operative resection. This list is far from exhaustive and may
leave out other tumor types in which embolization may
be indicated based on tumor vascularity. It is recommended that
the indication for tumor embolization should be clearly delin-
eated prior to the procedure.
The anatomic relationship of tumor to the adjacent normal
tissue is important in treatment planning. Evidence of lymph
node involvement as well as distant spread can be detected on
non-invasive imaging and is important for staging. CTscanning
allows for delineation of the extent of the tumor, its relationship
to soft tissue structure, and any bony erosion. MRI allows for
improved visualization of the brain parenchyma and dural
involvement in the case of intracranial tumors, and may allow
for early detection of metastasis via perineural pathways.5CTor
MR angiography sequences may be added when encasement of
vascular structures such as the carotid artery in the case of
carotid body tumors is suspected.
MR imaging may also provide additional information which
may be useful at the time of resection including information
regarding tumor consistency which may correlate with ease of
resection.6T2 and fractional anisotropy values calculated from
Definitions of levels of evidence
Data derived from multiple randomized clinical trials or meta-analyses
Data derived from a single randomized trial or non-randomized studies
Consensus opinion of experts, case studies or standard of care
Box 1 Vascular tumors of the head and neck that may
benefit from embolization prior to surgical resection
Juvenile nasopharyngeal angiofibroma (JNA)
Glomus jugulare and other paragangliomas
external carotid lateral view angiograms
demonstrating a large blush consistent
with a hypervascular glomus jugulare
tumor. (B, C) The patient underwent
a successful balloon occlusion test.
Note inflated balloon in the cervical right
internal carotid artery (white arrow). (D)
Post-embolization angiograms showing
occlusion of the right internal carotid
with coils (white arrow) and marked
decrease in tumor blush after
embolization of multiple external carotid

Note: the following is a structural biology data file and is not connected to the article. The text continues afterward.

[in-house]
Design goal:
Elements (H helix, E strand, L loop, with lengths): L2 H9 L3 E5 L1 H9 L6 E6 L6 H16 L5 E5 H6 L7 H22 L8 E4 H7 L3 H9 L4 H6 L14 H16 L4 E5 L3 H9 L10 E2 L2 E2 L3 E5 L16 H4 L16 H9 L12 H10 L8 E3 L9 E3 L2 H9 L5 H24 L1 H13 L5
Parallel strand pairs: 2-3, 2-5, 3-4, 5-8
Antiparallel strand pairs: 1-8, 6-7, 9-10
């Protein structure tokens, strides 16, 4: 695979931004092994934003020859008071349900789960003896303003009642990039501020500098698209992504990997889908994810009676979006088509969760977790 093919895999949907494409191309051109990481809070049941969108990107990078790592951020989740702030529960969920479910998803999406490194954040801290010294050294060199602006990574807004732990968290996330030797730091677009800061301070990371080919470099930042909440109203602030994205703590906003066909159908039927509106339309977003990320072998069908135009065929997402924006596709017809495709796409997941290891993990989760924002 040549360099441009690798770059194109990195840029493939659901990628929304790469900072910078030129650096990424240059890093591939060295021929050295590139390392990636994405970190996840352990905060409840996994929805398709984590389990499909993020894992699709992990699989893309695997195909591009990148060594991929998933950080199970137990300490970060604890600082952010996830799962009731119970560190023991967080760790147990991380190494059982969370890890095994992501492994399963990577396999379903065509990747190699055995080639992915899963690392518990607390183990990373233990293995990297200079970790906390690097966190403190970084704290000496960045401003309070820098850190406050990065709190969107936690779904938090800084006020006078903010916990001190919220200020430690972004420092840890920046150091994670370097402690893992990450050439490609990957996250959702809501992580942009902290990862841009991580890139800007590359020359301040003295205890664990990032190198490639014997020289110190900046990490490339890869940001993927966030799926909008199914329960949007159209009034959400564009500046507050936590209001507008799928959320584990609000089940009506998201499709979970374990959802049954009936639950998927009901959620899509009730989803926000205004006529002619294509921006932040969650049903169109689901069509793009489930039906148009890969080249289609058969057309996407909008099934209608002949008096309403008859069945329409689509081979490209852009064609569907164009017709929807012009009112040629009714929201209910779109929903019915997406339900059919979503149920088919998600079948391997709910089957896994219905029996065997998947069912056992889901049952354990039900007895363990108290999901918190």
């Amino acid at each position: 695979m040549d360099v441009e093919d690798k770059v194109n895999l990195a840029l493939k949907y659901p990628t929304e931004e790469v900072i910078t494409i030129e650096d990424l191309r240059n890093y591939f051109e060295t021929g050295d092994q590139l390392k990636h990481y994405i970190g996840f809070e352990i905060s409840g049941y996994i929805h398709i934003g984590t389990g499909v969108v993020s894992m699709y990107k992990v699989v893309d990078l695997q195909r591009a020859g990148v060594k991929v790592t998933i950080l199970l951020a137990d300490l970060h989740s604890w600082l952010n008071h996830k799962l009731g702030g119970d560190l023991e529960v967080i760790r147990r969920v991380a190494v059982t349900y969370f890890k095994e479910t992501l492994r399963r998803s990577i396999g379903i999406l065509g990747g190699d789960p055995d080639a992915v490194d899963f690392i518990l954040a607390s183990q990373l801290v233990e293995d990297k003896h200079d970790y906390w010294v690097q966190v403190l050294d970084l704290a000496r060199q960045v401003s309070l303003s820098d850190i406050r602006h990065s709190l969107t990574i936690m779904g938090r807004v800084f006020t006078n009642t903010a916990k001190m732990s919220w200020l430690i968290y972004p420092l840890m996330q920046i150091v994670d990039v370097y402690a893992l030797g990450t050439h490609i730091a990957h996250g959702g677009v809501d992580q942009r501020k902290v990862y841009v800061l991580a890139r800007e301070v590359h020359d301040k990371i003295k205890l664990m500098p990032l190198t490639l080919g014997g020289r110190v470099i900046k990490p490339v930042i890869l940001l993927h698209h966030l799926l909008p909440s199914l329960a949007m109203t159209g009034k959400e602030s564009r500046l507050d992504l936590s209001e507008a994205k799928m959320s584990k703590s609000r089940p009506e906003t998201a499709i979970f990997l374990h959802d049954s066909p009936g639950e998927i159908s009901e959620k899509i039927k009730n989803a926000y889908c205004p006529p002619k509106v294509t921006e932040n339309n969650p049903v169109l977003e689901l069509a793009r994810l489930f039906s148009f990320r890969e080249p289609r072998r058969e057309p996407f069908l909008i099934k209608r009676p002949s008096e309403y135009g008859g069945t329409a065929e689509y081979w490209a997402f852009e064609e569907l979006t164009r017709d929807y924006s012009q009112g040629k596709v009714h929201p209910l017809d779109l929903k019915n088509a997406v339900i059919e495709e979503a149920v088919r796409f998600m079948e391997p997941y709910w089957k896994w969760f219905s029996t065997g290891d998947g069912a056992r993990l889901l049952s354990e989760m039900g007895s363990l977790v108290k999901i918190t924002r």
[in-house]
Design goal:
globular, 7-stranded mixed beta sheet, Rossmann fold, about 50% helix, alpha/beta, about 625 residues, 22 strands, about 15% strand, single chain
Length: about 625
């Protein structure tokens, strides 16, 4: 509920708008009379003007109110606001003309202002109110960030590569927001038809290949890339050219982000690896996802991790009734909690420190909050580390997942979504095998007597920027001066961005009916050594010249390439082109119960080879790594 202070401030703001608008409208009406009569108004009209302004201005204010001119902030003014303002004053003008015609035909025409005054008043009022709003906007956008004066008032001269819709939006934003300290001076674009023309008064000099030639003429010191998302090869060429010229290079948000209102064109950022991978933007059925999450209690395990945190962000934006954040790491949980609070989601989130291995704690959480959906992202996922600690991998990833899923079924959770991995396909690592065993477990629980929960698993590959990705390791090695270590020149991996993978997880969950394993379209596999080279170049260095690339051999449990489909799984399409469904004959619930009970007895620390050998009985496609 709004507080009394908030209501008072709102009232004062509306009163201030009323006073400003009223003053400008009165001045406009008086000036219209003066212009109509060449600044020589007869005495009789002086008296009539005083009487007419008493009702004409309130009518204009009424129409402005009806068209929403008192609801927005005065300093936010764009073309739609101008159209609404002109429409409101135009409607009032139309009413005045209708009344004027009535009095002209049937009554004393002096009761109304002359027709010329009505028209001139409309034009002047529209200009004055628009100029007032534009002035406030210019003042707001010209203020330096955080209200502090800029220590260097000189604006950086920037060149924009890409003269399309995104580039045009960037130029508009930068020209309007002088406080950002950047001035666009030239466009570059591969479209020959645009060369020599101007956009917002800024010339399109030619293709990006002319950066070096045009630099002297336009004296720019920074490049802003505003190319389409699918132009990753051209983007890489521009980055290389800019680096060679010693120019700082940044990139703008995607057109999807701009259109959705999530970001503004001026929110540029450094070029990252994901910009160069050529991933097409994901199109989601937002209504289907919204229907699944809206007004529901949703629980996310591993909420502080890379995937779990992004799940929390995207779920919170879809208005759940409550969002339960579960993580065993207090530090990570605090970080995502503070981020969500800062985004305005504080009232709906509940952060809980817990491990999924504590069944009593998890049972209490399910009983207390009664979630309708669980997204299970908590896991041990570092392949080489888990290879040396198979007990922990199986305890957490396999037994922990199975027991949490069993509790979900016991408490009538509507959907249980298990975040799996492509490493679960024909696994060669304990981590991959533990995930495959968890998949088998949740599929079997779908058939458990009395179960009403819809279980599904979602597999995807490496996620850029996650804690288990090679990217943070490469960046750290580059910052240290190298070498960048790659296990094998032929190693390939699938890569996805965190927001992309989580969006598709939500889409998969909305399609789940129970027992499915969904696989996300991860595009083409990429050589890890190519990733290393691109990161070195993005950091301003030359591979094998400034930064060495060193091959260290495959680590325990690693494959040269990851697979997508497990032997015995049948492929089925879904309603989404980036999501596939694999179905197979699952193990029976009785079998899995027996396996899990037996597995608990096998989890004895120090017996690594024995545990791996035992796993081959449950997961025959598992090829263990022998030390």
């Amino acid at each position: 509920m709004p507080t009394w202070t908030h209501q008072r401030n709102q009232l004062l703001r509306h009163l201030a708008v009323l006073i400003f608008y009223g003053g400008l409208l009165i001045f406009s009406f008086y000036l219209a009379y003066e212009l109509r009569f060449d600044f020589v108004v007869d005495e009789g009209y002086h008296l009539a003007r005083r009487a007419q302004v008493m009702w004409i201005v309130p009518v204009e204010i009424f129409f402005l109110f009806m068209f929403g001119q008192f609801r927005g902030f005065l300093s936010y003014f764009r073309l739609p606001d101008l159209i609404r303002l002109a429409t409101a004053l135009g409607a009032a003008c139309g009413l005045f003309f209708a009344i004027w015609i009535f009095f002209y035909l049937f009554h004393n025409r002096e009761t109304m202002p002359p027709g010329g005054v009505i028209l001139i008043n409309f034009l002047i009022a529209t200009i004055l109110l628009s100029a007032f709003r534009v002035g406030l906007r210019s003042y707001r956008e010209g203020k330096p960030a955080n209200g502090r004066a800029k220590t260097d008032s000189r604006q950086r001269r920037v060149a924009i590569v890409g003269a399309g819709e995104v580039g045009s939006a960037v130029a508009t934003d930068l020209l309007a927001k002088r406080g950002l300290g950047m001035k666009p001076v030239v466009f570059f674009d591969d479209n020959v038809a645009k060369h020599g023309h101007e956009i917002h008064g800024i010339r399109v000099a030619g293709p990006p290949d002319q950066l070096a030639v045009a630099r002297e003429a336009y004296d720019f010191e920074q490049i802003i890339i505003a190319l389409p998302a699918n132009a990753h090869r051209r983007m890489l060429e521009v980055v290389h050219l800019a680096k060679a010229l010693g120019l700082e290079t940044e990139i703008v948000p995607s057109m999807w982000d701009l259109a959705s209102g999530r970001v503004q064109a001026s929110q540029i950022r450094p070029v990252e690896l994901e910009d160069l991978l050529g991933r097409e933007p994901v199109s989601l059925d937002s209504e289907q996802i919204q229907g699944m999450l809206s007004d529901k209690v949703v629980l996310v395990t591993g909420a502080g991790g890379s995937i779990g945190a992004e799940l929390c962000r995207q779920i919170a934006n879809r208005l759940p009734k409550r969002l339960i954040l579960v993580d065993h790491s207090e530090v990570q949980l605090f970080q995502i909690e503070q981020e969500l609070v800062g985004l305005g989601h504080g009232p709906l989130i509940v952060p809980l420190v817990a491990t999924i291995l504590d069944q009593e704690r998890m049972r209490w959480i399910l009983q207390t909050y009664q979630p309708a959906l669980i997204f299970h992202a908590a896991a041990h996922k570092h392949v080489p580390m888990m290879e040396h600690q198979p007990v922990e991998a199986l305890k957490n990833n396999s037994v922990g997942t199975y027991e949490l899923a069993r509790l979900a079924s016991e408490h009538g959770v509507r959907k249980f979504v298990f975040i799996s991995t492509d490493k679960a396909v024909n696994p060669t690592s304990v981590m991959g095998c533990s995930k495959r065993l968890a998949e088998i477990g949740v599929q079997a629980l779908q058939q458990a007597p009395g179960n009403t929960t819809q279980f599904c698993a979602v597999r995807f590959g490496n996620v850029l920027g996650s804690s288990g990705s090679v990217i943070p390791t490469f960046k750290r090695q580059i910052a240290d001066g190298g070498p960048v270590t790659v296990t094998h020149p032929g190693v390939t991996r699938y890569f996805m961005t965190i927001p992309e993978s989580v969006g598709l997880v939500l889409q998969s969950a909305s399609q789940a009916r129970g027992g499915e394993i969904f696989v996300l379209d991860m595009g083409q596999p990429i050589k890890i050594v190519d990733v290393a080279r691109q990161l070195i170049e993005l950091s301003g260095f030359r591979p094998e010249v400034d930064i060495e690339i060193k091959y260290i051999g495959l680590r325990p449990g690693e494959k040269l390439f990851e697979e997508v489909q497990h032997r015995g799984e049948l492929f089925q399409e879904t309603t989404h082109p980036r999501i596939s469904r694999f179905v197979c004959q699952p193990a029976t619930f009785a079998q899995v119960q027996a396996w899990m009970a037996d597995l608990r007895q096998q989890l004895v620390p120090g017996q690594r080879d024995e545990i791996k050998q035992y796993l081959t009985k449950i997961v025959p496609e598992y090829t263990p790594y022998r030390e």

artery branches supplying the tumor.
(A) Pre-embolization right
252J NeuroIntervent Surg 2012;4:251e255. doi:10.1136/neurintsurg-2012-010350
diffusion tensor imaging may predict tumor consistency of
meningiomas.7 8Although promising for the future, the clinical
use of these techniques is not standard at present.
Digital subtraction angiography may provide additional infor-
mation to supplement the clinical examination and findings on
CT or MRI imaging. Angiography allows identification of
displaced feeders to the tumor, facilitating their localization and
ligation during surgery.9In addition, the extent of tumor growth
around the internal carotid, as well as the presence of collateral
flow distal to the involved carotid, are important pieces of
information. Combined with a balloon occlusion test, catheter
angiography can help determine the feasibility of carotid
sacrifice during surgery if needed.
The blood supply to the tumor can be predicted based on the
location and extent of the tumor as well as the tumor type. For
example, paragangliomas are almost universally supplied by
branches of the ascending pharyngeal artery.9
surrounding the internal carotid may derive blood supply from
clival branches. Selective catheterization of the external and
internal carotid branches is thus required to adequately delineate
the blood supply. Superselective catheterization of external
carotid branches confirms the blood supply and may reveal
dangerous intracranial anastomoses for which care should be
taken during embolization. Evaluation of the contralateral
carotid branches should be done to exclude contribution to
tumor blush, particularly in cases when the tumor has crossed
the midline. Intracranial tumors, particularly posterior fossa
tumors, may require additional imaging of the posterior circu-
lation. Of note, there may be anastomoses between external
carotid branches (particularly the occipital artery) and the
posterior circulation; such vascular connections can represent
potential pitfalls for embolization if not documented and
Highly vascular tumors of the head and neck are uncommon and
the literature is composed primarily of case series with relatively
few patients. Often, for the purposes of reporting, tumors are
grouped according to similar histologic features and cell type of
origin. The location, presenting symptoms, patient characteris-
tics, demographics as well as prognosis and outcome vary
depending on tumor type, and it is important to clearly delineate
the type of tumor for which the embolization procedure is being
reported. This will allow for comparison across series for any
given tumor type.
Systems for classifying tumors according to size and extent of
involvement of surrounding structures have been devised and are
specific to each tumor type.12 13These classification systems
may correlate with surgical morbidity during resection.14 15
When available, it is important to note the specific tumor type
or class within the classification system.
Advances in surgical techniques have reduced the mortality
associated with resection of certain head and neck tumors.
Complete resection of the tumor may require a multidisciplinary
approach that can include vascular, otolaryngology, endovas-
cular and skull-based techniques.16e18The expertise contributed
by each field can add to an improved operative approach and
visualization of the surgical field, aiding in complete resection
and decreased incidence of recurrence.17Ideally, patients with
vascular head and neck tumors should be evaluated using
a multidisciplinary team approach for optimal staging and
Embolic material and particle size
The choice of embolic material may be determined by various
factors including anatomic considerations or operator preference
and experience. Each embolic material has its own advantages